- Hydration and Nutrition: Educate clients about the impact of hydration and nutrition on sleep. Advise them to avoid heavy meals and excessive caffeine close to bedtime.
- Technology Break: Suggest a digital detox before bed. The blue light emitted by screens can disrupt the body’s production of melatonin, a hormone that regulates sleep.
- Create a Sleep-Friendly Environment: Provide tips on creating a conducive sleep environment, including keeping the bedroom cool, dark, and quiet.
The symbiotic relationship between exercise and sleep quality underscores the multidimensional role we play in our clients’ lives. Armed with evidence from studies on exercise and sleep, we can educate our clients on how to achieve restorative sleep and better overall wellbeing. By imparting practical strategies and personalised advice, we can guide them on a path toward improved sleep quality and a healthier, happier life.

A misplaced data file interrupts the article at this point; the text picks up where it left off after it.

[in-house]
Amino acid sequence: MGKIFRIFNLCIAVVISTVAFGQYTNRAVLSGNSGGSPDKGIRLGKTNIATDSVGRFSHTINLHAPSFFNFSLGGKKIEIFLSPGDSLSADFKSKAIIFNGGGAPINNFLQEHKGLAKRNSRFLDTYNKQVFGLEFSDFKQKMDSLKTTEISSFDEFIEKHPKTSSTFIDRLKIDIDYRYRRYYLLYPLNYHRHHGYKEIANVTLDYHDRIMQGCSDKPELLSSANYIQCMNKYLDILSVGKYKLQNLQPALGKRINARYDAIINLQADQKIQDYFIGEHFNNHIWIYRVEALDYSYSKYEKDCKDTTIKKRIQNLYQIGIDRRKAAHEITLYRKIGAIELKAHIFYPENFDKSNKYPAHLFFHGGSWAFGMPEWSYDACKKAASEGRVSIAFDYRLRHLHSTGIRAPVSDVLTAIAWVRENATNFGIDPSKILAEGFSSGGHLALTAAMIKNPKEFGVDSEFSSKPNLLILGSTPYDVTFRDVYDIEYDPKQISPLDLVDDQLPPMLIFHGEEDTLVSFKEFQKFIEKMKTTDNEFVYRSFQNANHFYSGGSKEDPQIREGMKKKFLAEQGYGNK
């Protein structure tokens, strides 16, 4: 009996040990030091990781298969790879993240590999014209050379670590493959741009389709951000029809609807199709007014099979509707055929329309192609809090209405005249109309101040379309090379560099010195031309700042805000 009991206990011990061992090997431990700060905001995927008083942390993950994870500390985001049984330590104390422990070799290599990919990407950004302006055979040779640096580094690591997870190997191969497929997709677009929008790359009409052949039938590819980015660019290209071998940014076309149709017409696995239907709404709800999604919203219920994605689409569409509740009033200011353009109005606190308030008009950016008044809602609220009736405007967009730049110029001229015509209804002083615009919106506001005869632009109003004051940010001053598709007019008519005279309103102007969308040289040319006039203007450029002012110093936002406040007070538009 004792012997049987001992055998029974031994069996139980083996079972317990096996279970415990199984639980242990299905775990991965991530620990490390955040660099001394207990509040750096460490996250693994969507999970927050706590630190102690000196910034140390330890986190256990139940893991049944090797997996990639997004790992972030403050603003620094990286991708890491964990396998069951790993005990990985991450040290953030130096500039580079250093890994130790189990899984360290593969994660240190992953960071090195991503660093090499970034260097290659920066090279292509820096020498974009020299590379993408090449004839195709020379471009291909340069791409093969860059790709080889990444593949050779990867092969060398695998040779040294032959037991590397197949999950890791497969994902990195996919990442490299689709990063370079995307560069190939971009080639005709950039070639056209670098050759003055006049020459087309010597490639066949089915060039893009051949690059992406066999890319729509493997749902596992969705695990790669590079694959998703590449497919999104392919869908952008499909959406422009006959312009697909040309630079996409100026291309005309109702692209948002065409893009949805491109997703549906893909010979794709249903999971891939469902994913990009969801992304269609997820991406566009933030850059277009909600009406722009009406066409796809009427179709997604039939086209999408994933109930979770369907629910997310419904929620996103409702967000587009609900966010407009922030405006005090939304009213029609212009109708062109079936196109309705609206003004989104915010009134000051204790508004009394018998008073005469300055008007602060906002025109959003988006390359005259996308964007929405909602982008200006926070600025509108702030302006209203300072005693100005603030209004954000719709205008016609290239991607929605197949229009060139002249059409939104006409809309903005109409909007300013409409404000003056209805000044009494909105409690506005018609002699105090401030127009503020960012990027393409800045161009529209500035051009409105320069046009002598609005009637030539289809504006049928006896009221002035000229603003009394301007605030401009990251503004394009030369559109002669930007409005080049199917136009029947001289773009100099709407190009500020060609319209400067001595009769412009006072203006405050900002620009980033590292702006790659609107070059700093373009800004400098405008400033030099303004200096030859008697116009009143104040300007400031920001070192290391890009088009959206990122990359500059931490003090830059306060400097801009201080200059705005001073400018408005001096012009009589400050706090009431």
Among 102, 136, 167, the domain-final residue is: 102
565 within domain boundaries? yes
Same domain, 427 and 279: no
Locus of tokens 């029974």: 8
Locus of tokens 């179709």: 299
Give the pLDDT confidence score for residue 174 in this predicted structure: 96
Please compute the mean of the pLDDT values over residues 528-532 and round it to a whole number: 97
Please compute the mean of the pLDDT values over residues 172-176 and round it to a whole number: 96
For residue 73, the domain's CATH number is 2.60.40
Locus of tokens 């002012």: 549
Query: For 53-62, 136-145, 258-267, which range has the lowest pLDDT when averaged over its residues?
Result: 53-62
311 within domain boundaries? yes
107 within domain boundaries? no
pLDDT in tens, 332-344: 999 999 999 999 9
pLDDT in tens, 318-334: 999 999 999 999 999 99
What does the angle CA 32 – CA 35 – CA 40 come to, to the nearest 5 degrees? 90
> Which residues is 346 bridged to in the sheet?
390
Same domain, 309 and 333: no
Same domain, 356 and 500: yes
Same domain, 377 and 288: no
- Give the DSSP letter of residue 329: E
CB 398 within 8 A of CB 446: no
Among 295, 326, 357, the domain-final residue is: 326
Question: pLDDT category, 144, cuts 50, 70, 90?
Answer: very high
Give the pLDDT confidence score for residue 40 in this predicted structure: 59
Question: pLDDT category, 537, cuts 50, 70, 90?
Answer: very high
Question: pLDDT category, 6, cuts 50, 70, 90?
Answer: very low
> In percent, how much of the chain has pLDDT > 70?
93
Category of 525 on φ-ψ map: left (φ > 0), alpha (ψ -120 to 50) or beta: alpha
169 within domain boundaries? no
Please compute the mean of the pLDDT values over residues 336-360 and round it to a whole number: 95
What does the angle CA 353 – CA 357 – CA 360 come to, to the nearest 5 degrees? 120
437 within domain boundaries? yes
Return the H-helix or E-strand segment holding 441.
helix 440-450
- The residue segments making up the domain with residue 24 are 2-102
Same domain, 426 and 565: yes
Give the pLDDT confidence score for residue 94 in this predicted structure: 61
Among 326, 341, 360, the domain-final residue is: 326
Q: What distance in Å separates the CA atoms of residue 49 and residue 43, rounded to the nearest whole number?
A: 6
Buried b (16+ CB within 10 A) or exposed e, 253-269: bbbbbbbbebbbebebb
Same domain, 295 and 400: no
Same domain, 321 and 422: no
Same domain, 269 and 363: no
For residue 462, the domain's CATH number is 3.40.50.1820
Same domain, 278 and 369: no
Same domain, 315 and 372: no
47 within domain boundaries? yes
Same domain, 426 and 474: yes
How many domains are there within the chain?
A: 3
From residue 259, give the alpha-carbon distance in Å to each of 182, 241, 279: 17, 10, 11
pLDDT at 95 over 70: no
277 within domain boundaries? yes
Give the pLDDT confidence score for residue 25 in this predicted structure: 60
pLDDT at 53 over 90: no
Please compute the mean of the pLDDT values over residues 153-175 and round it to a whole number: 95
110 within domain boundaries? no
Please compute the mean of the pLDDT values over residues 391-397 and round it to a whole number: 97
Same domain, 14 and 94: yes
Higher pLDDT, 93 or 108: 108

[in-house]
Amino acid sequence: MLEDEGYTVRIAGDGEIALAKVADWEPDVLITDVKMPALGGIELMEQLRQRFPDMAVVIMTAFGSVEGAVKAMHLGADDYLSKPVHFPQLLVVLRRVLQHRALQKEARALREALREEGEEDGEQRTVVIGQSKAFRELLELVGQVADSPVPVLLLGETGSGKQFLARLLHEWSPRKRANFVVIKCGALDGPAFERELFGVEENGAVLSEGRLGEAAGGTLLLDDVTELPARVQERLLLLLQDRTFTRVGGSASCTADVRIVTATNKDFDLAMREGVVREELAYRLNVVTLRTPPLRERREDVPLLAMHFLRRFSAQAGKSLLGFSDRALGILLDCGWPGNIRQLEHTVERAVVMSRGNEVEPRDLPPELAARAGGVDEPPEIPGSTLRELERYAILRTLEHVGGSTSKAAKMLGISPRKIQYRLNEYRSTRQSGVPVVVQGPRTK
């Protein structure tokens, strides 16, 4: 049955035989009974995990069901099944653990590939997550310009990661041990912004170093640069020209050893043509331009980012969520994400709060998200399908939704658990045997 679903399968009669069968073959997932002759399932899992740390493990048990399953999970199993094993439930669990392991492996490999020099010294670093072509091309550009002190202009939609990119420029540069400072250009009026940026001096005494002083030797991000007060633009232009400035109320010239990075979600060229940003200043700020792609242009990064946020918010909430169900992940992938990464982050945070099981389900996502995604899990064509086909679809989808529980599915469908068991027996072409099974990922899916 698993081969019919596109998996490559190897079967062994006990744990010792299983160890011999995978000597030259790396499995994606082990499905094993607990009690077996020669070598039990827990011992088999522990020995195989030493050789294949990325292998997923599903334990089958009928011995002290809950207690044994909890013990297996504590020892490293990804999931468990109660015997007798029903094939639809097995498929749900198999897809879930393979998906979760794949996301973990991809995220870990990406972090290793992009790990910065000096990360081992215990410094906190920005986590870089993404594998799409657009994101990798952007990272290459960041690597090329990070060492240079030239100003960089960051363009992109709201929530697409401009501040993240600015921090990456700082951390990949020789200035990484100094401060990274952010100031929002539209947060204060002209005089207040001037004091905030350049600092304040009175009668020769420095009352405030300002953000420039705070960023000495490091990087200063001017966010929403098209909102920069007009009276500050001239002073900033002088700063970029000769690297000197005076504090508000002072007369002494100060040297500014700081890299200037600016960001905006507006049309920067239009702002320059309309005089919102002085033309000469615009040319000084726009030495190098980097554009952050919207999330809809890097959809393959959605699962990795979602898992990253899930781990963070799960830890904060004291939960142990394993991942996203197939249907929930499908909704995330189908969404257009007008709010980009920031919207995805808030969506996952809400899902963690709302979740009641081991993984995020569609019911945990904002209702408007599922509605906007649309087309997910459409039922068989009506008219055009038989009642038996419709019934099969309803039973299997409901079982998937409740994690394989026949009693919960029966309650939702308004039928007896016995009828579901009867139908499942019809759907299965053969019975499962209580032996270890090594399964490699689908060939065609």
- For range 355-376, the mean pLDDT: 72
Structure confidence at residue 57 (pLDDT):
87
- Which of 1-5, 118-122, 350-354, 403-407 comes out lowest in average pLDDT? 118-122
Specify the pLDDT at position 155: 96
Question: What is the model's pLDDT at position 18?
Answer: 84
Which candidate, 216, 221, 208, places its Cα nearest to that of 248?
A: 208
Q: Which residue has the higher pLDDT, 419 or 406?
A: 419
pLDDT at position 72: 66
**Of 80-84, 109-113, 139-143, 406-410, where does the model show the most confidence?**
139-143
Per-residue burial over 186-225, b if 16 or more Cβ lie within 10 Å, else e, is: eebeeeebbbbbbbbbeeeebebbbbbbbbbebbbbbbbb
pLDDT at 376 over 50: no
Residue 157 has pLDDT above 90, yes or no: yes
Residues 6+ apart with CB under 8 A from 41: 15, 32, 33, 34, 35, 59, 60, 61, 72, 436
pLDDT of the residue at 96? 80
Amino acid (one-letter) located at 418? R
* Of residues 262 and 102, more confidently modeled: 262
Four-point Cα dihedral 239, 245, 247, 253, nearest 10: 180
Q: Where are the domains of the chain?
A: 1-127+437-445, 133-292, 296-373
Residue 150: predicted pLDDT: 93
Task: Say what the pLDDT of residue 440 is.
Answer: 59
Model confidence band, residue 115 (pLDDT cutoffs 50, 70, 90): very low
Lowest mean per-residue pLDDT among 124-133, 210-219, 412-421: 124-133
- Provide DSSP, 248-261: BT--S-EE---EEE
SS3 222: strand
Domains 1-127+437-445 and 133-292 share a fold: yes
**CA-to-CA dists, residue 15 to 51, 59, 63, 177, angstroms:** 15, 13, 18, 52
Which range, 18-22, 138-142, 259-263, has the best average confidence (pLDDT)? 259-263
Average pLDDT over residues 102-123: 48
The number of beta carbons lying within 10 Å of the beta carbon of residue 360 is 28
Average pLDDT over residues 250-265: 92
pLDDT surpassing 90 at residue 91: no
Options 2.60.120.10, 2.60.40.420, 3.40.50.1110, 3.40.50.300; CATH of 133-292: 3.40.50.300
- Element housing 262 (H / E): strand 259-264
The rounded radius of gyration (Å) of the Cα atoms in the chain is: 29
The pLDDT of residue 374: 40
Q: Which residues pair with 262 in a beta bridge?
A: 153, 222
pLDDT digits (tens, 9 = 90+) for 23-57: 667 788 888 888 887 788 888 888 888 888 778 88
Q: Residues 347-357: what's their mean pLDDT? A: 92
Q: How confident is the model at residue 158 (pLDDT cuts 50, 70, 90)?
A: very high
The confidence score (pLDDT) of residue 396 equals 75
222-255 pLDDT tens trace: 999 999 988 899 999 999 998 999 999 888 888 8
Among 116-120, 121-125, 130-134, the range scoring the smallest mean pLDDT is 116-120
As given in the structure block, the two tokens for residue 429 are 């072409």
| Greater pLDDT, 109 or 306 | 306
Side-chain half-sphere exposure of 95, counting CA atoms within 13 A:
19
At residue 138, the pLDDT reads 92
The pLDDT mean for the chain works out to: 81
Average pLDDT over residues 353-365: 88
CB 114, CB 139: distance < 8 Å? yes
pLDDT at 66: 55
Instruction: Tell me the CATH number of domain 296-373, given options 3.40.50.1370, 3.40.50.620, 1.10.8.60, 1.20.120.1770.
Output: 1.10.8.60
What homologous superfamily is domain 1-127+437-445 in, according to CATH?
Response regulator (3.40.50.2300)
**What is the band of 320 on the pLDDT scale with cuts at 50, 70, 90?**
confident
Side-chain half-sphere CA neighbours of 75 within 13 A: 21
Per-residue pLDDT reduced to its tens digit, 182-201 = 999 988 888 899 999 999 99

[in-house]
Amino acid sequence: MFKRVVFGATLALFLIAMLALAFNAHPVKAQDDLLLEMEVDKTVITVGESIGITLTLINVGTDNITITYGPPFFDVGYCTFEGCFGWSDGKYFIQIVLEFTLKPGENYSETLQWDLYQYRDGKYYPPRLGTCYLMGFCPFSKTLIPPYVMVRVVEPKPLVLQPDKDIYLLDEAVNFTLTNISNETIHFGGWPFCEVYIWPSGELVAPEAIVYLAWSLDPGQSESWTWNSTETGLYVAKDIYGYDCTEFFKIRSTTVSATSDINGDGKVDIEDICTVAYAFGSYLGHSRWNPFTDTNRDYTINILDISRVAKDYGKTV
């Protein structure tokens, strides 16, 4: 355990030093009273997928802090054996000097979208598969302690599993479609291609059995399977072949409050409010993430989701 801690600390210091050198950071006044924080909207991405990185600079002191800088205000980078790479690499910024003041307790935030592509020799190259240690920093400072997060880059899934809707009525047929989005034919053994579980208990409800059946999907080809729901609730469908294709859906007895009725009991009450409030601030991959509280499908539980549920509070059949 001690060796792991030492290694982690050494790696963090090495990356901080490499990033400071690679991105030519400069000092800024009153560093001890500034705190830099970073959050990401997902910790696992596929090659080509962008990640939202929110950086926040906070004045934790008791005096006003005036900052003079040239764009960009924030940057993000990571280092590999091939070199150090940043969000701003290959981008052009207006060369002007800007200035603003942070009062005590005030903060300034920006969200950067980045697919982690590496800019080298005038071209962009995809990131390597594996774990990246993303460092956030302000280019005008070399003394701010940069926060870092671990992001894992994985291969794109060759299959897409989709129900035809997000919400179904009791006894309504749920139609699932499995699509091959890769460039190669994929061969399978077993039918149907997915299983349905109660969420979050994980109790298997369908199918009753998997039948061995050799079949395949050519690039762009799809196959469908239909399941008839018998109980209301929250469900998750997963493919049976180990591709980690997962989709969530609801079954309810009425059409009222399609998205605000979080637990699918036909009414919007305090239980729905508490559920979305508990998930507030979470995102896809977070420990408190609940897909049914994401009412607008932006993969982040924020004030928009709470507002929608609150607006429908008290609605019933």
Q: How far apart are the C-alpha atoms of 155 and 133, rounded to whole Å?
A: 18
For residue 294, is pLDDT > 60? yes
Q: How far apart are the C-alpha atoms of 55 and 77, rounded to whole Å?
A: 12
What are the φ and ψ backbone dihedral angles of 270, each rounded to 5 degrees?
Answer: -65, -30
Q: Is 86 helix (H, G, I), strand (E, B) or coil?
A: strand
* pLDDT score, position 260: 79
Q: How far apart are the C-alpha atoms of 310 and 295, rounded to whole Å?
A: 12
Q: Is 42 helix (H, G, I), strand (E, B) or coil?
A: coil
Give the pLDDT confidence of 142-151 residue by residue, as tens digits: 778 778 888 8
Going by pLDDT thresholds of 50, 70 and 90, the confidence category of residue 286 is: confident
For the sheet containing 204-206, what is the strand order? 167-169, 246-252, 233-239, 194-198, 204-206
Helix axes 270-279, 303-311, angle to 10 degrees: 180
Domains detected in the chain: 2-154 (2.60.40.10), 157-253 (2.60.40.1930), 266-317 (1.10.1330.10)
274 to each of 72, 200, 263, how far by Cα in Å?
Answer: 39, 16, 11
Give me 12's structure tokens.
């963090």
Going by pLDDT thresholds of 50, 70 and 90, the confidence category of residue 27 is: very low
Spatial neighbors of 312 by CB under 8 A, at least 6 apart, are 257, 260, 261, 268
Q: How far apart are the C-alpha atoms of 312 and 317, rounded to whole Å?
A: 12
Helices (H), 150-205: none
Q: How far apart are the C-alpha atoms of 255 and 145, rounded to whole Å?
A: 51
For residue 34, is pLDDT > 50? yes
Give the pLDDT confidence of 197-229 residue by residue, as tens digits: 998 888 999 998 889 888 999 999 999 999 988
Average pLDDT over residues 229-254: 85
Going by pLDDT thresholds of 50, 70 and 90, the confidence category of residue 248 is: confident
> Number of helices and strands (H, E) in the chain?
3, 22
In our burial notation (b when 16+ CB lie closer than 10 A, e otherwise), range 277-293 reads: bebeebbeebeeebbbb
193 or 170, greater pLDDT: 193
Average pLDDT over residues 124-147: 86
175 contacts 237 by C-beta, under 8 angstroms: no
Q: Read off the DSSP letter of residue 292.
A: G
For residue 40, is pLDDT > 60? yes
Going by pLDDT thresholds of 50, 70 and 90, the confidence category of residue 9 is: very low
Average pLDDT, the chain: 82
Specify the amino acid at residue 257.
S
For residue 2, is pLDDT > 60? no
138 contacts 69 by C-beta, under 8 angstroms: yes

- Mathias Goldberg, Benoit Pairot de Fontenay, Yoann Blache, Ursula Debarnot (2023) Effects of morning and evening physical exercise on subjective and objective sleep quality: an ecological study, Journal of Sleep Research. Click here to review the full research study
- Amzajerdi, A., Keshavarz, M., Ezati, M. et al. The effect of Pilates exercises on sleep quality and fatigue among female students dormitory residents. BMC Sports Science, Medicine and Rehabilitation 15, 67 (2023). Click here to review the full research study
- You Y, Chen Y, Fang W, Li X, Wang R, Liu J and Ma X (2023) The association between sedentary behavior, exercise, and sleep disturbance: A mediation analysis of inflammatory biomarkers. Frontiers of Immunology. 13:1080782. doi: Click here to review the full research study